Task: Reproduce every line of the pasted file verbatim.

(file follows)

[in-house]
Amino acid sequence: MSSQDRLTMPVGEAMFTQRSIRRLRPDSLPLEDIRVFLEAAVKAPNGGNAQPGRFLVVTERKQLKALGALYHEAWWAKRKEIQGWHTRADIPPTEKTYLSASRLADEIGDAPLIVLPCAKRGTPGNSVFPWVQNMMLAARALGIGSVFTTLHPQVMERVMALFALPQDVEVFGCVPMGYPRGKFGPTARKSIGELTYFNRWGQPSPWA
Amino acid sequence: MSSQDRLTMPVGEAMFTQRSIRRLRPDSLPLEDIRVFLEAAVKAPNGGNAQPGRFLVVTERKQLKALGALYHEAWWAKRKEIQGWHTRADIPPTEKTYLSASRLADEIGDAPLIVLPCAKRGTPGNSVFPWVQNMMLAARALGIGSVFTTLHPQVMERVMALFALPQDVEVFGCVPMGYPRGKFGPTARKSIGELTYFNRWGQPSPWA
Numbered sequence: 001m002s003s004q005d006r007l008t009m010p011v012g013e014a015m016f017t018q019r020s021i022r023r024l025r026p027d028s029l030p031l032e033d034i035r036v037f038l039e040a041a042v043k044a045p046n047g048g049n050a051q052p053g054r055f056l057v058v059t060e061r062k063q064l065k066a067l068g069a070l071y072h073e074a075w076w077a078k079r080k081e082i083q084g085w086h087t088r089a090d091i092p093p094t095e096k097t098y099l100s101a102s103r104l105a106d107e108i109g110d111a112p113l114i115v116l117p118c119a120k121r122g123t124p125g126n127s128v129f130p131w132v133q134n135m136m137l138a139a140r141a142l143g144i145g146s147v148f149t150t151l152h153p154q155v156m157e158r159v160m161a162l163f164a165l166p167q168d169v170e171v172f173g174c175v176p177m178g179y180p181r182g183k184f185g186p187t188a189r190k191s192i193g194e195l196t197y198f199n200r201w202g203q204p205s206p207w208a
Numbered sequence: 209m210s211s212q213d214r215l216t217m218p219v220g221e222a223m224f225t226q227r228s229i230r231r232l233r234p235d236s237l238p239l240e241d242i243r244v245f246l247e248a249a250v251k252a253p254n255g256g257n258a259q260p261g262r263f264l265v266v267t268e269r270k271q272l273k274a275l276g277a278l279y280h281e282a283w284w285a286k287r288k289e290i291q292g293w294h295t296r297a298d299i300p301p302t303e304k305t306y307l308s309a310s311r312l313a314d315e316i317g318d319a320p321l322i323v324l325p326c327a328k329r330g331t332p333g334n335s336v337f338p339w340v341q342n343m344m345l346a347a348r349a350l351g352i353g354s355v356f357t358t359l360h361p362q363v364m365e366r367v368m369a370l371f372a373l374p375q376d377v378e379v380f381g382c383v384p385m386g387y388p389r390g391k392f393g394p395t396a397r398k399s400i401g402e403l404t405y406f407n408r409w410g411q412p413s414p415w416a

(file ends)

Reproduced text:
[in-house]
Amino acid sequence: MSSQDRLTMPVGEAMFTQRSIRRLRPDSLPLEDIRVFLEAAVKAPNGGNAQPGRFLVVTERKQLKALGALYHEAWWAKRKEIQGWHTRADIPPTEKTYLSASRLADEIGDAPLIVLPCAKRGTPGNSVFPWVQNMMLAARALGIGSVFTTLHPQVMERVMALFALPQDVEVFGCVPMGYPRGKFGPTARKSIGELTYFNRWGQPSPWA
Amino acid sequence: MSSQDRLTMPVGEAMFTQRSIRRLRPDSLPLEDIRVFLEAAVKAPNGGNAQPGRFLVVTERKQLKALGALYHEAWWAKRKEIQGWHTRADIPPTEKTYLSASRLADEIGDAPLIVLPCAKRGTPGNSVFPWVQNMMLAARALGIGSVFTTLHPQVMERVMALFALPQDVEVFGCVPMGYPRGKFGPTARKSIGELTYFNRWGQPSPWA
Numbered sequence: 001m002s003s004q005d006r007l008t009m010p011v012g013e014a015m016f017t018q019r020s021i022r023r024l025r026p027d028s029l030p031l032e033d034i035r036v037f038l039e040a041a042v043k044a045p046n047g048g049n050a051q052p053g054r055f056l057v058v059t060e061r062k063q064l065k066a067l068g069a070l071y072h073e074a075w076w077a078k079r080k081e082i083q084g085w086h087t088r089a090d091i092p093p094t095e096k097t098y099l100s101a102s103r104l105a106d107e108i109g110d111a112p113l114i115v116l117p118c119a120k121r122g123t124p125g126n127s128v129f130p131w132v133q134n135m136m137l138a139a140r141a142l143g144i145g146s147v148f149t150t151l152h153p154q155v156m157e158r159v160m161a162l163f164a165l166p167q168d169v170e171v172f173g174c175v176p177m178g179y180p181r182g183k184f185g186p187t188a189r190k191s192i193g194e195l196t197y198f199n200r201w202g203q204p205s206p207w208a
Numbered sequence: 209m210s211s212q213d214r215l216t217m218p219v220g221e222a223m224f225t226q227r228s229i230r231r232l233r234p235d236s237l238p239l240e241d242i243r244v245f246l247e248a249a250v251k252a253p254n255g256g257n258a259q260p261g262r263f264l265v266v267t268e269r270k271q272l273k274a275l276g277a278l279y280h281e282a283w284w285a286k287r288k289e290i291q292g293w294h295t296r297a298d299i300p301p302t303e304k305t306y307l308s309a310s311r312l313a314d315e316i317g318d319a320p321l322i323v324l325p326c327a328k329r330g331t332p333g334n335s336v337f338p339w340v341q342n343m344m345l346a347a348r349a350l351g352i353g354s355v356f357t358t359l360h361p362q363v364m365e366r367v368m369a370l371f372a373l374p375q376d377v378e379v380f381g382c383v384p385m386g387y388p389r390g391k392f393g394p395t396a397r398k399s400i401g402e403l404t405y406f407n408r409w410g411q412p413s414p415w416a